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Content archived on 2024-05-24

Connecting All European and South American Researchers


CAESAR will examine the establishment of a direct connection between the pan-European network GÉANT and similar research networks in South America. It will explore the demand for such a connection, the costs associated with it, as well as the benefits. Key players in South American research networking will be involved as appropriate. The objective is to produce a comprehensive analysis of options with recommendations for implementation.

There are strong historical links between South American countries and, in particular, the countries of the Iberian peninsula in Europe. They share common history and linguistic heritage and there is, consequently, significant interest in providing direct research network connectivity between Europe and the South America region to support current and potential co-operative research between the two regions.

Developments in research networking in South America mean that countries are now becoming equipped with a National Research & Education Network. In Europe, GÉANT is providing a much enhanced pan-European research Internet with speeds at up to 10 Gbit/s and with the European Distributed Access as an integral feature of the network designed to facilitate connections between Europe and other world regions. GÉANT is based on IP router technology to provide a variety of services, which connects 31 different European countries. DANTE is the co-ordinating partner for this project. There is significant scope for collaboration between European researchers and those in South America. The objective of the CAESAR project is to investigate the possibilities for direct connection between the two regions.

Work description:
An important goal is to understand and develop interest in South America in such a connection, as well as to look at the funding and decision making processes involved in the individual countries. Part of the project consists of face to face discussions with network organisation managers in South America to explore demand funding and operational implications.

There are a number of areas of co-operative research and development that are carried out over research Internet connections within South America. Most of these connections transit via the North American Internet. As a result, Quality of Service available is, at best, indifferent and it is difficult to form a picture of the true user demand. A key aspect of the study is to provide a systematic quantification of the demand for connectivity between South American researchers together with a translation of this into possible capacity. In addition, we will explore plans for intra-regional co-operation in South America and the possibility of exploiting this for connectivity with Europe.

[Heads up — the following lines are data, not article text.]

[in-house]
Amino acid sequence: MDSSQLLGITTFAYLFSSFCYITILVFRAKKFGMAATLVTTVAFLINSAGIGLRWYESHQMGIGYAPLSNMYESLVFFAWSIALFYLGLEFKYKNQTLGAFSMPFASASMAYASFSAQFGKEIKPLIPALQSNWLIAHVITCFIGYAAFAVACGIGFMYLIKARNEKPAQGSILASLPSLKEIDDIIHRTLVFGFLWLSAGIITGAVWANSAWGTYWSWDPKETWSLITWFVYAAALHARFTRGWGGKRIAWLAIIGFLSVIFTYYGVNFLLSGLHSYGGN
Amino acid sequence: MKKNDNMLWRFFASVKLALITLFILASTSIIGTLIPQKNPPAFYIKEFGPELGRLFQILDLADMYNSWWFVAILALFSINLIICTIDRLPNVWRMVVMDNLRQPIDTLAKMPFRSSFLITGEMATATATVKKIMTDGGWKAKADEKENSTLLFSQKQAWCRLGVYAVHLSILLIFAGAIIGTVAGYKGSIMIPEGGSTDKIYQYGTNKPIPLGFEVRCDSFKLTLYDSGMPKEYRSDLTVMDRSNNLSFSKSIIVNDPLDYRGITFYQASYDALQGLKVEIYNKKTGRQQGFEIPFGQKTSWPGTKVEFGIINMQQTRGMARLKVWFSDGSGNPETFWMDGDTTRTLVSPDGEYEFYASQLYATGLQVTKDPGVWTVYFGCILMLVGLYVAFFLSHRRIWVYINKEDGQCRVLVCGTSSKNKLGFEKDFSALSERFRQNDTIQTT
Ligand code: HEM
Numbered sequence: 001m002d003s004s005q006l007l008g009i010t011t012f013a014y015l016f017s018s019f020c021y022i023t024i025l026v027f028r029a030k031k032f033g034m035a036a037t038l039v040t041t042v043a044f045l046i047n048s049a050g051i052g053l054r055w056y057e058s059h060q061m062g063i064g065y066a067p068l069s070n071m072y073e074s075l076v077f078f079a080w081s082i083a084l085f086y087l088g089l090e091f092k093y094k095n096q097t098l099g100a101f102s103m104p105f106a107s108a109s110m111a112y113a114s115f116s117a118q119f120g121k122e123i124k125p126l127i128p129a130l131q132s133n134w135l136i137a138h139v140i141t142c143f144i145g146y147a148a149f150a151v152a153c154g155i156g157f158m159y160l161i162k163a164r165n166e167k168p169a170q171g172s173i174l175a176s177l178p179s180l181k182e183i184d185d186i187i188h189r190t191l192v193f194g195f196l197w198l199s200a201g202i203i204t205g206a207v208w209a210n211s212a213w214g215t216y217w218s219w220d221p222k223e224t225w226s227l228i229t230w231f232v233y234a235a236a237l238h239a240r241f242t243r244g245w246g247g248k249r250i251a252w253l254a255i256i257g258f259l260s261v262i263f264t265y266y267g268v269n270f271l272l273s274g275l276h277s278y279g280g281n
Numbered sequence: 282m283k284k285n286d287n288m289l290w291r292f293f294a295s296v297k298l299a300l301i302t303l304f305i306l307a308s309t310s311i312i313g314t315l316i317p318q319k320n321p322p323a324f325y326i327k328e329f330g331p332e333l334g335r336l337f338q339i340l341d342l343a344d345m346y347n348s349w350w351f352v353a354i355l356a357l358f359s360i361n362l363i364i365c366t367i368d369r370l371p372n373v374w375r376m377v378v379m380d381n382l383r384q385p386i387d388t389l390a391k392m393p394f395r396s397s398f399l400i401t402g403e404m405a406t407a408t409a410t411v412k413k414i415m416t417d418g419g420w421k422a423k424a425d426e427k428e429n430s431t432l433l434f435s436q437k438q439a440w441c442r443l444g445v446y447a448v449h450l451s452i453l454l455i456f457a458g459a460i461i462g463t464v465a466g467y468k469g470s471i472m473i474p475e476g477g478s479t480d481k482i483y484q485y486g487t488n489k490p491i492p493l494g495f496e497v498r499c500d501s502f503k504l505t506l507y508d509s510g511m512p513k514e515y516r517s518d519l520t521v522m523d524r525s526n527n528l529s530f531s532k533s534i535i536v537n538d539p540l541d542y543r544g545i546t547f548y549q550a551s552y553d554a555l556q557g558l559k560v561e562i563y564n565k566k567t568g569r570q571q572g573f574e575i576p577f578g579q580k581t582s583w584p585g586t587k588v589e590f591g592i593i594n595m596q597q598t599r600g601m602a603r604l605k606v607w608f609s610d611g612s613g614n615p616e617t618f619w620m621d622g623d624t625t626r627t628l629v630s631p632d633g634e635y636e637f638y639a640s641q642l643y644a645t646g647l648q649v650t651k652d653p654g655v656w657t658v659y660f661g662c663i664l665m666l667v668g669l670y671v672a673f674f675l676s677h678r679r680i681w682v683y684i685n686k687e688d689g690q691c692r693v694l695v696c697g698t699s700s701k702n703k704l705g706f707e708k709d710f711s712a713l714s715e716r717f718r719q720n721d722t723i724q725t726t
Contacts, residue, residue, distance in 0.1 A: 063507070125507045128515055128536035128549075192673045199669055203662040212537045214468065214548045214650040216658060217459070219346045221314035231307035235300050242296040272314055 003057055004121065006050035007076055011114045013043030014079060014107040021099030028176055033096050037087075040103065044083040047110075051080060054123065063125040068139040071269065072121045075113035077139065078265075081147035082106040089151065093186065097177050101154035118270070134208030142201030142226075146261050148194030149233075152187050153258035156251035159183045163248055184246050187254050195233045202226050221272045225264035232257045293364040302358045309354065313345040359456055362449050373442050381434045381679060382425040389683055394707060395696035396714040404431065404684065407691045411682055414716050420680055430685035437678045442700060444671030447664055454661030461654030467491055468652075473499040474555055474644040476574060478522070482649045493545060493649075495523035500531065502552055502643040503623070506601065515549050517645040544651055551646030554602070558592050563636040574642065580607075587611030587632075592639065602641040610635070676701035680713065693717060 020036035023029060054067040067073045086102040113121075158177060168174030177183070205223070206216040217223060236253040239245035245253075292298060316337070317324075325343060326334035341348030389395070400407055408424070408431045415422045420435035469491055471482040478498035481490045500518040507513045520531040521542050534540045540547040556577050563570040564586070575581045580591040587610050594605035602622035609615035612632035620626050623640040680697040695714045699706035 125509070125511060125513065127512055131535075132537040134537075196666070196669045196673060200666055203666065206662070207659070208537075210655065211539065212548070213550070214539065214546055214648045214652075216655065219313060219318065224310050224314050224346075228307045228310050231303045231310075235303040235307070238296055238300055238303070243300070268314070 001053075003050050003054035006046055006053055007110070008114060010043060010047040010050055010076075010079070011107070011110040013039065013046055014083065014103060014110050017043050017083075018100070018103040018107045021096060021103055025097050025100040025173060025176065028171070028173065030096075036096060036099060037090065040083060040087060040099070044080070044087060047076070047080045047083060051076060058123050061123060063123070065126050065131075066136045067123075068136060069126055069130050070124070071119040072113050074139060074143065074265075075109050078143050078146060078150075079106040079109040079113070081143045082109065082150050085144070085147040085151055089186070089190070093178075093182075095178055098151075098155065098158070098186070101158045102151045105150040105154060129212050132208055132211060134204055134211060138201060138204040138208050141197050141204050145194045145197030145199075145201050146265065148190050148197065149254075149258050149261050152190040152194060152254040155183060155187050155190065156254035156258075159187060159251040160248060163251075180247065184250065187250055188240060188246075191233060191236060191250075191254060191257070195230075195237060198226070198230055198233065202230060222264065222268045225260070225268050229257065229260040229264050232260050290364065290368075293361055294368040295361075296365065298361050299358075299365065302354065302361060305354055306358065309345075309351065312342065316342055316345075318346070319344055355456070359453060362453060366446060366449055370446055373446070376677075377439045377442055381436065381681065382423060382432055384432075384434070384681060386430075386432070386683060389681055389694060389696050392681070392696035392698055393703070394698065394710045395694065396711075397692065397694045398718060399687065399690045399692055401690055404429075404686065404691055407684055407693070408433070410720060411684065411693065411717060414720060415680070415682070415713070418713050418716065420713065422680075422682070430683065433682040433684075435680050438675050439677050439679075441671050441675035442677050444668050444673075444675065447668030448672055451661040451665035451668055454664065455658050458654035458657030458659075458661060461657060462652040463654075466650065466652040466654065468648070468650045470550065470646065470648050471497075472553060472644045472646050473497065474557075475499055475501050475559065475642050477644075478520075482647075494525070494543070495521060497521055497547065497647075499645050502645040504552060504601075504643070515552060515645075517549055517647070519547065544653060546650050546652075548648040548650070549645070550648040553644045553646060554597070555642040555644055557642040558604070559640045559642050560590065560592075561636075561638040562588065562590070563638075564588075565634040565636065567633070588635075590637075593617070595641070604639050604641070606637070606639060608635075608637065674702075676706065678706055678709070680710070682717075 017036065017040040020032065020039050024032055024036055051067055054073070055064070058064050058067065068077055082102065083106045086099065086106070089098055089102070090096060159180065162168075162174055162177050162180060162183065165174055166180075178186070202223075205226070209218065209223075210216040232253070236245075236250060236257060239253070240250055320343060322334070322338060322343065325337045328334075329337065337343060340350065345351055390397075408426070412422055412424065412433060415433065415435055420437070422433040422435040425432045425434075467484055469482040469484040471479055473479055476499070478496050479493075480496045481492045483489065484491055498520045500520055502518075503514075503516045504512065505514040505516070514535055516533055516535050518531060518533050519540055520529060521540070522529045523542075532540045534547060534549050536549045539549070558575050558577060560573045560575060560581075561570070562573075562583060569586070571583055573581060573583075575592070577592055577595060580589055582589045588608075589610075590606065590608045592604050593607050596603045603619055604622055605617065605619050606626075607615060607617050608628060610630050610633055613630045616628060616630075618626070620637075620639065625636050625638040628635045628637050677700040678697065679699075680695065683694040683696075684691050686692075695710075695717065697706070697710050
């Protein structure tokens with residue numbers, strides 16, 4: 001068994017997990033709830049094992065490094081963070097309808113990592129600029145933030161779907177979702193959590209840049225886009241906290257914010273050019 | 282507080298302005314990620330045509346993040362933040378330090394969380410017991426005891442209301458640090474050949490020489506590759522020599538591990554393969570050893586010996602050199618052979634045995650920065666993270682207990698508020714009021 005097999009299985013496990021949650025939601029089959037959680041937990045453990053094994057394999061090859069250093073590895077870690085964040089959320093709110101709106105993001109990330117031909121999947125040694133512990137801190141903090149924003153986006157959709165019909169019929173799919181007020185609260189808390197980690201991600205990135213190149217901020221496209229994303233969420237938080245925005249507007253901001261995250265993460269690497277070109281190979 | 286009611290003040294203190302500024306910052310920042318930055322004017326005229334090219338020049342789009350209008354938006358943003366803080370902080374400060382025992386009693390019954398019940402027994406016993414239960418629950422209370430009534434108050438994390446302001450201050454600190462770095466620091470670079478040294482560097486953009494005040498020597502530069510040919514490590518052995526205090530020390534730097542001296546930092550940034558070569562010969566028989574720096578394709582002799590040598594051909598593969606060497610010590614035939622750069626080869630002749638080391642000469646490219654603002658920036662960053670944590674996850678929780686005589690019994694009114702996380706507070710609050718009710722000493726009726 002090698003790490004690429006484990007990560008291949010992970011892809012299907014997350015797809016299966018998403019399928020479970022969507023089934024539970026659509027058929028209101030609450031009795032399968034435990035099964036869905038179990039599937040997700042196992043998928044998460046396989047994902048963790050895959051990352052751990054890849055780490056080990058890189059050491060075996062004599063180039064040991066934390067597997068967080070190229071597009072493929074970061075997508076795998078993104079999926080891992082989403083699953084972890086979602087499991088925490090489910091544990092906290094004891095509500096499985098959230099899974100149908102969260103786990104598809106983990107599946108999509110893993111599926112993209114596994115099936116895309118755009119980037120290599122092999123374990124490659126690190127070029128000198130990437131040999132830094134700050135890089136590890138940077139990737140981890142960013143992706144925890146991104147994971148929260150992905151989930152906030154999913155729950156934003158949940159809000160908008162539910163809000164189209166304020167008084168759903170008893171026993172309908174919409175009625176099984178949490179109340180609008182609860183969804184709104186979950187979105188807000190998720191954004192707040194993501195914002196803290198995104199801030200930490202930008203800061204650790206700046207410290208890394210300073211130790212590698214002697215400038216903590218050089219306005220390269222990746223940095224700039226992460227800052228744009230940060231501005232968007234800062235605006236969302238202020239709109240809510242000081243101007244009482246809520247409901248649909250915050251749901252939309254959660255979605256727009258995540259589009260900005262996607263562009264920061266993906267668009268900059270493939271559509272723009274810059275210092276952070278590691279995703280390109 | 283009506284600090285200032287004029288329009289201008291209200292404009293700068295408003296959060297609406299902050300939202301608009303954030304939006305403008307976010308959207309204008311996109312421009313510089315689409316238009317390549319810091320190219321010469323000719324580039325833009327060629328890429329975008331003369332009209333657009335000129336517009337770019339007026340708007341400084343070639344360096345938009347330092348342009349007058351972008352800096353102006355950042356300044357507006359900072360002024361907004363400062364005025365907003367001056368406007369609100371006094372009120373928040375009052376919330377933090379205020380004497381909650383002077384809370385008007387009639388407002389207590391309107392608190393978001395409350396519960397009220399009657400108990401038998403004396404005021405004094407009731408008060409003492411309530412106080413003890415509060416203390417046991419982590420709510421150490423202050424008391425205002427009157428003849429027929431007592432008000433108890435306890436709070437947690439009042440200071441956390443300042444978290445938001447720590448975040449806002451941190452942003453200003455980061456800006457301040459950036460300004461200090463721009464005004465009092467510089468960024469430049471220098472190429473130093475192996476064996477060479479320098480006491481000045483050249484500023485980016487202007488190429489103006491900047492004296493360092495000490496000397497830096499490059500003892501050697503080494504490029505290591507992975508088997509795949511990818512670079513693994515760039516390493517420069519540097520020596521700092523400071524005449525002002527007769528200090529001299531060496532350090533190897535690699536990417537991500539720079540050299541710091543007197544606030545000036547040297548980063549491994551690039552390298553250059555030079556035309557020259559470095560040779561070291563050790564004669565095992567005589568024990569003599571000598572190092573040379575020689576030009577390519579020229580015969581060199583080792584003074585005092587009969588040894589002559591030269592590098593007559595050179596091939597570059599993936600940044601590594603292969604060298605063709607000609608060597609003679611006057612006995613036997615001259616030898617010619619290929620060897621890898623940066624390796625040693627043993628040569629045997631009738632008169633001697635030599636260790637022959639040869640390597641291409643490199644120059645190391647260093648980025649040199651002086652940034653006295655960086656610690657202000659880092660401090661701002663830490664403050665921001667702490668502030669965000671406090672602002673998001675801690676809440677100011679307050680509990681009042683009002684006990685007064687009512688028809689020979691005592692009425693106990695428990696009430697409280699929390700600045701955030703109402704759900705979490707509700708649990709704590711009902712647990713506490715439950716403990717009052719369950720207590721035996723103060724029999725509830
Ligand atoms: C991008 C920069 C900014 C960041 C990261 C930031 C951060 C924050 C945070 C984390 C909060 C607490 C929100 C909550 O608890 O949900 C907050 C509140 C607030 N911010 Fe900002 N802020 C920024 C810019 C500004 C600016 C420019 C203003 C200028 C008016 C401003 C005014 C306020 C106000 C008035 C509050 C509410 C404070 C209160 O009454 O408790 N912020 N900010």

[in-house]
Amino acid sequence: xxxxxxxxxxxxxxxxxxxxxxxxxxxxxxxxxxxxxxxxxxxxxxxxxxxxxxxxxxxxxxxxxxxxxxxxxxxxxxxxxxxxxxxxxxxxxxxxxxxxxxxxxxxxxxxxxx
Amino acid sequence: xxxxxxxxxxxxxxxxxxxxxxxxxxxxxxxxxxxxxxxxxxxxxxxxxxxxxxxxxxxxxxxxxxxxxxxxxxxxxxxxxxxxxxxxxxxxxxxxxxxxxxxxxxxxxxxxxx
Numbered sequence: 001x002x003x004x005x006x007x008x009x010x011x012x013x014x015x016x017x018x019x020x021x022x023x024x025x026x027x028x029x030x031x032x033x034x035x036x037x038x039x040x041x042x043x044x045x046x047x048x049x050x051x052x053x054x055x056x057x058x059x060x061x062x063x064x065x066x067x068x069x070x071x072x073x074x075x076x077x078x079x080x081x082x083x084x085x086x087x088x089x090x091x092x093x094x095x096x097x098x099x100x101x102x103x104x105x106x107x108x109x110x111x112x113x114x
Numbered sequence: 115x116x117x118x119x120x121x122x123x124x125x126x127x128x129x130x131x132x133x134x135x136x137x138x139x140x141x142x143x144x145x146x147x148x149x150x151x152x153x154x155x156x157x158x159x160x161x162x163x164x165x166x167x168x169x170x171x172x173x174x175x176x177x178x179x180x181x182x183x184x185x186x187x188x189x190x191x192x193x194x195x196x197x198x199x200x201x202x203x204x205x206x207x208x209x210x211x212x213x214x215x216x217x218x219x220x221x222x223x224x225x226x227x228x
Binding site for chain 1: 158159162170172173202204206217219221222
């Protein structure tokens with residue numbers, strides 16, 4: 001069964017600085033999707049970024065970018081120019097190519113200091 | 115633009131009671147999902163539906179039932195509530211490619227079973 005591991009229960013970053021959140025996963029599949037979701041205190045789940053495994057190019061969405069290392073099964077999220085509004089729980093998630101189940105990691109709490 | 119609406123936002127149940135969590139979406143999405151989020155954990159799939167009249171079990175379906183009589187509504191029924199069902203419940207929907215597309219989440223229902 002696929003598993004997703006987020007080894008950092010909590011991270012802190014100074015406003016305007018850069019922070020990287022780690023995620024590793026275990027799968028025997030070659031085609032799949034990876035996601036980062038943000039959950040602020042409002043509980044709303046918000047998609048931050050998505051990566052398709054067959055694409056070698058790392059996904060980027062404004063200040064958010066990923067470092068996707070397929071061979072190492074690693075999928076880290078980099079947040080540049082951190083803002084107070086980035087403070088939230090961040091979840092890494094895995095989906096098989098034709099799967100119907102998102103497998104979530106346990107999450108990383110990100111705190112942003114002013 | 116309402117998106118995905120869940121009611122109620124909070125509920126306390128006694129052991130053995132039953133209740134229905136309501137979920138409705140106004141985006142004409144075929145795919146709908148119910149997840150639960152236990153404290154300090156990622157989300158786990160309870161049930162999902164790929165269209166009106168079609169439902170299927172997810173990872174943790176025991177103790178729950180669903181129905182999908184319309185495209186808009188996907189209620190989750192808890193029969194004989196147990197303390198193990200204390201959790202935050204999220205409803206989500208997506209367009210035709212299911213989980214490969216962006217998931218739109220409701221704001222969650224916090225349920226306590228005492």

A workshop among interested parties from Europe and South America will be held to progress the work. There are a number of areas of R&D co-operation today. These are generally in the scientific and engineering field. Direct connectivity would be of principal benefit to researchers in these disciplines. In addition there are a number of potential user groups who co-operate internationally. The demand analysis will quantify potential as well as actual current demand.

In South America, there has been considerable development of similar National Research and Education Networks. There is also significant interest in developing scientific and technical co-operation with Europe from a number of countries in South America. There is, however, today no direct connection between South America and European Research Networks.

By examining, co-operatively with interested parties in South America, the possibilities for providing direct connections between Research Networks in two continents, as well as considering the cost benefits and opportunities for exploiting such connections, the project will build awareness of IST in South America. The proposed solutions will be targeted at increasing access to universities and research centres by developing research Internet connectivity to support co-operation.

The primary aim is to improve research connectivity with other world regions. By understanding the potential requirements for co-operation between South American researchers and European researchers, as well as the economic implications and potential implementation modalities, we will be in a position to develop the specific proposal for interconnection.

The work will generate three elements. Firstly, a review of the state of development of research networking in South America. Secondly, the summary results of a workshop of interested parties. Finally, a complete analysis of the requirements, costs and benefits for direct connection between European Research Networks and their South American counterparts. It is expected that a case will be made for a direct connection between the two world regions, together with proposals for funding.

Call for proposal

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EU contribution
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United Kingdom

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